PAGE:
CINCINNATI — It was past time for a change.

The Cincinnati Bengals fired head coach Marvin Lewis on Monday, finishing his 16-year tenure in Cincinnati with a 131-122-3 regular season record. Even though he gathered the most wins in franchise history, he’ll eventually be remembered because of his 0-7 playoff record.

The playoff album can be a knock to the coach who shot the Bengals out of their doldrums of the 1990s, nonetheless it’s undoubtedly not the entire narrative. The Bengals experienced 1-2 non-winning seasons until they hired Lewis in 2003, and he turned them into winners almost immediately.

He should certainly be commended for it, particularly considering that the unconventional manner that the Bengals operate. There are unique challenges to working for the Bengals, who run a modest family-owned operation and don’t even have a general manager. Lewis had to do more with less for several years, working in a organization which was reluctant to cede any control over personnel and the coaching staff, even forcing him to retain helper coaches he didn’t hire.

You will find matters Lewis wanted from the company and never got, such as the indoor practice facility which was a place of contention between themself and Bengals owner Mike Brown.

In case Lewis and Brown hadn’t even exercised a fresh contract this season, perhaps the Bengals wouldn’t’ve had the five-year playoff run in 2011-2015. He’s been the best man for the age that included five consecutive playoff appearances.

It’s hard to state he could be the best man for the job today.

The NFL has evolved in a variety of ways since Lewis was hired, however, the Bengals never looked to seriously evolve with the rest of the league. The matters that plagued them five to 10 years ago continue to be issues.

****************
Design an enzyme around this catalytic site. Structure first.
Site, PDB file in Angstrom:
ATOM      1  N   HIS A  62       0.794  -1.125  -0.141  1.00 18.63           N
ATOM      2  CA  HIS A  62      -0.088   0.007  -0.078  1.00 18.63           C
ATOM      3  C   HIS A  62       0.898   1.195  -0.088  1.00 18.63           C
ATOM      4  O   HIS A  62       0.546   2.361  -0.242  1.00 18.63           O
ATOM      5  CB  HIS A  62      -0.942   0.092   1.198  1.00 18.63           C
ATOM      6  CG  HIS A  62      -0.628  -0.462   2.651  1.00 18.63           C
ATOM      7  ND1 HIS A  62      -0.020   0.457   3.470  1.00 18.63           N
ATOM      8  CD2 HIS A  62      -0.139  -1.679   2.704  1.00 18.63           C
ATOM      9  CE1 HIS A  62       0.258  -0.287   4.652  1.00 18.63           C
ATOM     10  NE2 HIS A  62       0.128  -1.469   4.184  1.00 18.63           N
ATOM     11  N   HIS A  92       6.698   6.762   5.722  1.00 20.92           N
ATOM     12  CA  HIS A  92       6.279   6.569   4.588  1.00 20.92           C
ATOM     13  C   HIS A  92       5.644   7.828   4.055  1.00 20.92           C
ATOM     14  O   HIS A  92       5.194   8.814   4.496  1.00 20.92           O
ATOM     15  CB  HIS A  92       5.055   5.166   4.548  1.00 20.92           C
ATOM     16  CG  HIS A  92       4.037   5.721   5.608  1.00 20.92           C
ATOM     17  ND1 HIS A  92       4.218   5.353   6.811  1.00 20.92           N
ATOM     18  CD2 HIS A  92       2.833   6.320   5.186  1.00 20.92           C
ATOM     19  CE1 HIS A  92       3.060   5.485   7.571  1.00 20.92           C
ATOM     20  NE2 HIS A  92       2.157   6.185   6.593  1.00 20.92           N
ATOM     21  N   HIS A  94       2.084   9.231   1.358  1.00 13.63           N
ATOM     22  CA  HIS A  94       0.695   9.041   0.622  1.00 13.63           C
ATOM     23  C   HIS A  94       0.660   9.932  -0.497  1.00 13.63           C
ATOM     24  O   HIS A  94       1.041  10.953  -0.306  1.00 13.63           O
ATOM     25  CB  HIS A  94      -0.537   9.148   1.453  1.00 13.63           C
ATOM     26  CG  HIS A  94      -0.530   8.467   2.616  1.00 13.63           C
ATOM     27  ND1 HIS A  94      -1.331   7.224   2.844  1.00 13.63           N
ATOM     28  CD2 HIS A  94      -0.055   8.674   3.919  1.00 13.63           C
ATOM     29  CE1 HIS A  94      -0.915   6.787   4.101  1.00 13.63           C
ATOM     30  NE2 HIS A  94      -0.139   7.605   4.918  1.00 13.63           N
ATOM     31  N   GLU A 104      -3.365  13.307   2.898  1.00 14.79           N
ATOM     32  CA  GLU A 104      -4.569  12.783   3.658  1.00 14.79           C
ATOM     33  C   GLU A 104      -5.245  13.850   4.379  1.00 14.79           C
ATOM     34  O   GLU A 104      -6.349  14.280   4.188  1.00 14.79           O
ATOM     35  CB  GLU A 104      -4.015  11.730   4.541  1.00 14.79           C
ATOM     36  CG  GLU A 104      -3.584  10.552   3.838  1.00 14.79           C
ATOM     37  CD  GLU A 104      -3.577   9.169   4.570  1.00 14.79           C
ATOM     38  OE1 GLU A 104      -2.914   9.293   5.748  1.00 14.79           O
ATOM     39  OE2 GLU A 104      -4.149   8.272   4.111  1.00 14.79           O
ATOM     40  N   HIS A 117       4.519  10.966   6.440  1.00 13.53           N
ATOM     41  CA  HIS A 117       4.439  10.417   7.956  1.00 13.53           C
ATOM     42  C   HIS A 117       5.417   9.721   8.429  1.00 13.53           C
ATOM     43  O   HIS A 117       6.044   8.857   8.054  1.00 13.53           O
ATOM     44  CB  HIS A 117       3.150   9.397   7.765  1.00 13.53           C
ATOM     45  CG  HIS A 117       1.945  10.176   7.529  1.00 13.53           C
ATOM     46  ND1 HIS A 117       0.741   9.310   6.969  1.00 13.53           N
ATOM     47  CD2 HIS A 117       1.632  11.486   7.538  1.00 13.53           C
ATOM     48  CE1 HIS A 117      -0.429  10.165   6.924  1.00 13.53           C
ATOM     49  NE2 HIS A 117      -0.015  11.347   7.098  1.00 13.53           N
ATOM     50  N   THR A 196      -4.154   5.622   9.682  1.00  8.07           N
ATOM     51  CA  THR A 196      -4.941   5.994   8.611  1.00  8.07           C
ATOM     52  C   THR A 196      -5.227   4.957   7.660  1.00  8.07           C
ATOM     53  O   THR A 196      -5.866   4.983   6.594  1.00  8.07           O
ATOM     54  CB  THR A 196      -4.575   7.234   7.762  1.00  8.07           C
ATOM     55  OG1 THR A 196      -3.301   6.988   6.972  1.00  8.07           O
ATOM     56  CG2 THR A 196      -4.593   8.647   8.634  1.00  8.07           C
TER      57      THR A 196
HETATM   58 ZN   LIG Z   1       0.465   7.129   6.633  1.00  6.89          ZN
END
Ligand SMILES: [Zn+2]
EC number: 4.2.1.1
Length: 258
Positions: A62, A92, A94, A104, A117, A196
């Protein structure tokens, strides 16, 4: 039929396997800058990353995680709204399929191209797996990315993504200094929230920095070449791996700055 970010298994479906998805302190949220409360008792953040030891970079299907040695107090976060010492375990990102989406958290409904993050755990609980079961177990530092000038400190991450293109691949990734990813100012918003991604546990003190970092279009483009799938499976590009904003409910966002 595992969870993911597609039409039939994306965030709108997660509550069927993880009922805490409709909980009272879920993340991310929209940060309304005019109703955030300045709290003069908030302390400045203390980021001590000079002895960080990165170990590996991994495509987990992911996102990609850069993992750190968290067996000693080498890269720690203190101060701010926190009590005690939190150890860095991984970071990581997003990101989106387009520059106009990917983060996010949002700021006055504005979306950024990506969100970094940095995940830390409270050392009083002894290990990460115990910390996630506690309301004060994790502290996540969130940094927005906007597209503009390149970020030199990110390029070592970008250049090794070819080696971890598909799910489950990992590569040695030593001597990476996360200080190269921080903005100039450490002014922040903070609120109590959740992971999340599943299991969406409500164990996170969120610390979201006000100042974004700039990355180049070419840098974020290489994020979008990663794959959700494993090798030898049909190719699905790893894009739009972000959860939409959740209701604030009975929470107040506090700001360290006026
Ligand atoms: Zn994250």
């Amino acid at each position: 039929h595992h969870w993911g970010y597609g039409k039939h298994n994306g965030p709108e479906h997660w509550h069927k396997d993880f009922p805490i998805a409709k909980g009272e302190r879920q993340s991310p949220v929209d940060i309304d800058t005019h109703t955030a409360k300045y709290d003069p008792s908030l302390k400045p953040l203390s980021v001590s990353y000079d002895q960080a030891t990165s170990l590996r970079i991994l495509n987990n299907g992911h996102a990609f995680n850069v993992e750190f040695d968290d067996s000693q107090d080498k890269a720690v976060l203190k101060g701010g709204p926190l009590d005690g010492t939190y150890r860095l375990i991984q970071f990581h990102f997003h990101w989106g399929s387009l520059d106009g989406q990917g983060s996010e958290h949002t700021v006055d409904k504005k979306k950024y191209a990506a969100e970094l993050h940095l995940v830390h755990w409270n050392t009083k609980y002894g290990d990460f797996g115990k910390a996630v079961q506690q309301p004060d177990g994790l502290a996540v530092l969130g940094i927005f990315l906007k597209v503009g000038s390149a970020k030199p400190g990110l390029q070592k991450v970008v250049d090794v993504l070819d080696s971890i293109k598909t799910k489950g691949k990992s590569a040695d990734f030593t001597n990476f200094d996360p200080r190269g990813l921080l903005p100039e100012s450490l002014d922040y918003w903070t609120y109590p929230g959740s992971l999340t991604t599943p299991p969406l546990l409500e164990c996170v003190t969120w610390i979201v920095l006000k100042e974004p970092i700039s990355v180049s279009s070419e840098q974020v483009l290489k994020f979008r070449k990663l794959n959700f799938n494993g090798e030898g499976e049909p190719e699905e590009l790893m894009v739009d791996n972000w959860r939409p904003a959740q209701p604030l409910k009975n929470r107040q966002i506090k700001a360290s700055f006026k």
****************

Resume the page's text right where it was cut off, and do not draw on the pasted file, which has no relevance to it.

The Bengals made a reputation for too little area under Lewis, also which was on full display the night that they melted down against the Pittsburgh Steelers through the 2015 AF-C wild card match. Despite the fact that they cleaned most of these off-the-field difficulties, the absence of area on the field never looked to really go a way.

After the Bengals needed to hold off the Steelers early this season to conserve a win with two minutes left, a defensive punishment resulted in a game-winning drive. Those situations happened significantly more than once through the entire season free of reprieve, pointing into an issue with getting the message through to the players.

However, the 2018 season would have really been a season for any company.

It certainly could be applied as a reason, however fundamentally it shouldn’t even be. The Bengals have been moving the wrong way as the 2015 meltdown, and the fanbase so desperately craved a change they stopped showing up to games.

The message was clear: They wished to see that the Bengals progress as opposed to staying in place.

Lewis got almost two years in a league where a coach on average has two or three years to prove himself. It was more than enough time to prove he would turn the Bengals into a Super Bowl contender. For any reason, he could never get there.

Why could one more year be another?

If the Bengals kept Lewis throughout the 20-19 season, it would have delivered a message which they didn’t even caution about ticket sales or the fan base. They needed to take drastic measures to get their fans back, also this is a start.

Lewis did plenty of great for the company and shouldn’t even be forgotten. But he evolved with the rest of the league, and the Bengals were never going to evolve an organization if he remained.

After 16 years, it was time.


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